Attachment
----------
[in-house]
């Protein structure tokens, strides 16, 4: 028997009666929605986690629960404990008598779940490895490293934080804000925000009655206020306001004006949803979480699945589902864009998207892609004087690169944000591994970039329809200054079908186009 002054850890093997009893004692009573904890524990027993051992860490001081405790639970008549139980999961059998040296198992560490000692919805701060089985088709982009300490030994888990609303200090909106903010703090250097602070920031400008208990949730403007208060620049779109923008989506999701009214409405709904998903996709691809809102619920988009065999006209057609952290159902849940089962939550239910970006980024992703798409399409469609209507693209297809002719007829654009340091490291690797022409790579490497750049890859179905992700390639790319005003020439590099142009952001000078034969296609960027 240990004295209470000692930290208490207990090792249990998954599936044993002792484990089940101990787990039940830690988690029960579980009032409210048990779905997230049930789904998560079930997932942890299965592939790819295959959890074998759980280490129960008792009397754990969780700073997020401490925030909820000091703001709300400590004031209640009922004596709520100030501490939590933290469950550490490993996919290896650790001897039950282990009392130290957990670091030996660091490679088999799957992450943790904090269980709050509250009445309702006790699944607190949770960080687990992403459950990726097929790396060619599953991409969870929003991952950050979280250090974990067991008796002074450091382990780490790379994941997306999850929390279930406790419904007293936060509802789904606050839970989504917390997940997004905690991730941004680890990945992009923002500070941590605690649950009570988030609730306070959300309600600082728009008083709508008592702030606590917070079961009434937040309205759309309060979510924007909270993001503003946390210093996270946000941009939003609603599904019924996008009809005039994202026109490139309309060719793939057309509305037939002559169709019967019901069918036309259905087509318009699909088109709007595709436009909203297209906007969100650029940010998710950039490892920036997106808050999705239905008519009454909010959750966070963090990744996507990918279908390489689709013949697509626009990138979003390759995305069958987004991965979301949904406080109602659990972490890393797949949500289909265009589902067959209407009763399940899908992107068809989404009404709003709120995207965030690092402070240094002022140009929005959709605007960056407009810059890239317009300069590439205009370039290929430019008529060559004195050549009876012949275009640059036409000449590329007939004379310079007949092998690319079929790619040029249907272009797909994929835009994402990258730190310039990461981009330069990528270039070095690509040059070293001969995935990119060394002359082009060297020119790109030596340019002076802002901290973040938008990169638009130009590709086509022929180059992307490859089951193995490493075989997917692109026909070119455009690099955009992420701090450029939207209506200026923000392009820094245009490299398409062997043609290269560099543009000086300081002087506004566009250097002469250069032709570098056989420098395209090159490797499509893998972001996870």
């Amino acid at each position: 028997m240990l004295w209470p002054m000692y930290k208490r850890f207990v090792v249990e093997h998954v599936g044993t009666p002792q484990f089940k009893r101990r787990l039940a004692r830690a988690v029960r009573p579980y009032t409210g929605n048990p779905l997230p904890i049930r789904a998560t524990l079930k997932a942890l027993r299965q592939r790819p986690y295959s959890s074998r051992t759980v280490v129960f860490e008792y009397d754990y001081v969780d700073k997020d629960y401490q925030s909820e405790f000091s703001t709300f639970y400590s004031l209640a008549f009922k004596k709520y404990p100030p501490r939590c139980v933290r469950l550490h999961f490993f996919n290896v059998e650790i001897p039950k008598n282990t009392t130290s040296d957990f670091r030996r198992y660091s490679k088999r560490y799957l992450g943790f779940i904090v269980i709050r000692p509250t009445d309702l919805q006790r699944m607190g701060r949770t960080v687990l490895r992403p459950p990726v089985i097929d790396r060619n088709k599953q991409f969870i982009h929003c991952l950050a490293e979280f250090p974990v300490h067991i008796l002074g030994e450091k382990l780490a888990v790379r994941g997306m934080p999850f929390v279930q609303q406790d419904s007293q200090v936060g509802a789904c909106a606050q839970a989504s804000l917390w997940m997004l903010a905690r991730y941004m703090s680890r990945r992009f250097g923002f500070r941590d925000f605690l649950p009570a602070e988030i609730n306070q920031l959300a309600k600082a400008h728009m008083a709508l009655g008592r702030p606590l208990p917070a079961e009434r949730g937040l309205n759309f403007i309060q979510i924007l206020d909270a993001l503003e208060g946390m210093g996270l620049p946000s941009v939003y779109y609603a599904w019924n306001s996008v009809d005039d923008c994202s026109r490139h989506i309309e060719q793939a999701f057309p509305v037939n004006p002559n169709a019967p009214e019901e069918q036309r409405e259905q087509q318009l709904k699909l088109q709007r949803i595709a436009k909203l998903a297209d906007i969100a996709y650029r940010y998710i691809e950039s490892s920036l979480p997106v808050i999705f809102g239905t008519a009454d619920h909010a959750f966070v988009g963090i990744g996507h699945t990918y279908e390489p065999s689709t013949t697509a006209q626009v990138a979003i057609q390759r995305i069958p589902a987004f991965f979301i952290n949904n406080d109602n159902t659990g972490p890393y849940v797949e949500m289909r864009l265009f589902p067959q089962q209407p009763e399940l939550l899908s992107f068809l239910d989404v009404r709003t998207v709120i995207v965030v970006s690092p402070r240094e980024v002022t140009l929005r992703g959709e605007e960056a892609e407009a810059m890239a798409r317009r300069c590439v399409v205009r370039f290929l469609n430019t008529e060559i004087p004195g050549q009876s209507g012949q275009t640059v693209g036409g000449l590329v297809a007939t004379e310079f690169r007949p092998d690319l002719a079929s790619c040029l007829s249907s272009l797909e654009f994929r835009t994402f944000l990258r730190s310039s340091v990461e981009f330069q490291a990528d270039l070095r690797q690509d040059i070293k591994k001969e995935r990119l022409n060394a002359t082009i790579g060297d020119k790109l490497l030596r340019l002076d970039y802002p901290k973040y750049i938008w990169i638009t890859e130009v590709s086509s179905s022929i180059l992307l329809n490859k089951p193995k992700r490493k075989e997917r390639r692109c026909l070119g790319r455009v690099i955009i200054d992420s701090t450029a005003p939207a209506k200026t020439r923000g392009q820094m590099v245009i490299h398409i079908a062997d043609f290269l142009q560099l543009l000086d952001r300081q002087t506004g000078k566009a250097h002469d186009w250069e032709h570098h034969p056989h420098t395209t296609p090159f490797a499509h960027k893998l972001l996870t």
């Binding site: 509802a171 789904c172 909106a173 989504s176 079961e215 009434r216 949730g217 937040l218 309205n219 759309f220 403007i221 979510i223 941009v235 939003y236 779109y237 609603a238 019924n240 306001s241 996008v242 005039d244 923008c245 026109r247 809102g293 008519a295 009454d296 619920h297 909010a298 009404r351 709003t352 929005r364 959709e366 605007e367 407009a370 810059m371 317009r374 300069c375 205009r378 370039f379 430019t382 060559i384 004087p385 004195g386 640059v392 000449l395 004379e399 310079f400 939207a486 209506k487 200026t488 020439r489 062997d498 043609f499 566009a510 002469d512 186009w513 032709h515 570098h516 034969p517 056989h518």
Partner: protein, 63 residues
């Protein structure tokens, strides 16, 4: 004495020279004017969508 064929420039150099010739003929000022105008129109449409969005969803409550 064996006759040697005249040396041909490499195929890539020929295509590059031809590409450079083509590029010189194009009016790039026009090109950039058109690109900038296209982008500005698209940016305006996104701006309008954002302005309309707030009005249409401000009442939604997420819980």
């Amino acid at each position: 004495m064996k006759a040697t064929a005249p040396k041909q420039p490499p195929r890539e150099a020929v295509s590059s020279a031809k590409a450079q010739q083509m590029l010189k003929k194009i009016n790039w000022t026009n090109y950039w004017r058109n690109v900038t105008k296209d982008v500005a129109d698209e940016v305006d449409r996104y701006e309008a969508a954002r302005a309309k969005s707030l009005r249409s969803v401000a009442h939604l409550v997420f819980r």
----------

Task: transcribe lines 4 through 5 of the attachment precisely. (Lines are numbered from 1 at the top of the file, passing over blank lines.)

């Binding site: 509802a171 789904c172 909106a173 989504s176 079961e215 009434r216 949730g217 937040l218 309205n219 759309f220 403007i221 979510i223 941009v235 939003y236 779109y237 609603a238 019924n240 306001s241 996008v242 005039d244 923008c245 026109r247 809102g293 008519a295 009454d296 619920h297 909010a298 009404r351 709003t352 929005r364 959709e366 605007e367 407009a370 810059m371 317009r374 300069c375 205009r378 370039f379 430019t382 060559i384 004087p385 004195g386 640059v392 000449l395 004379e399 310079f400 939207a486 209506k487 200026t488 020439r489 062997d498 043609f499 566009a510 002469d512 186009w513 032709h515 570098h516 034969p517 056989h518």
Partner: protein, 63 residues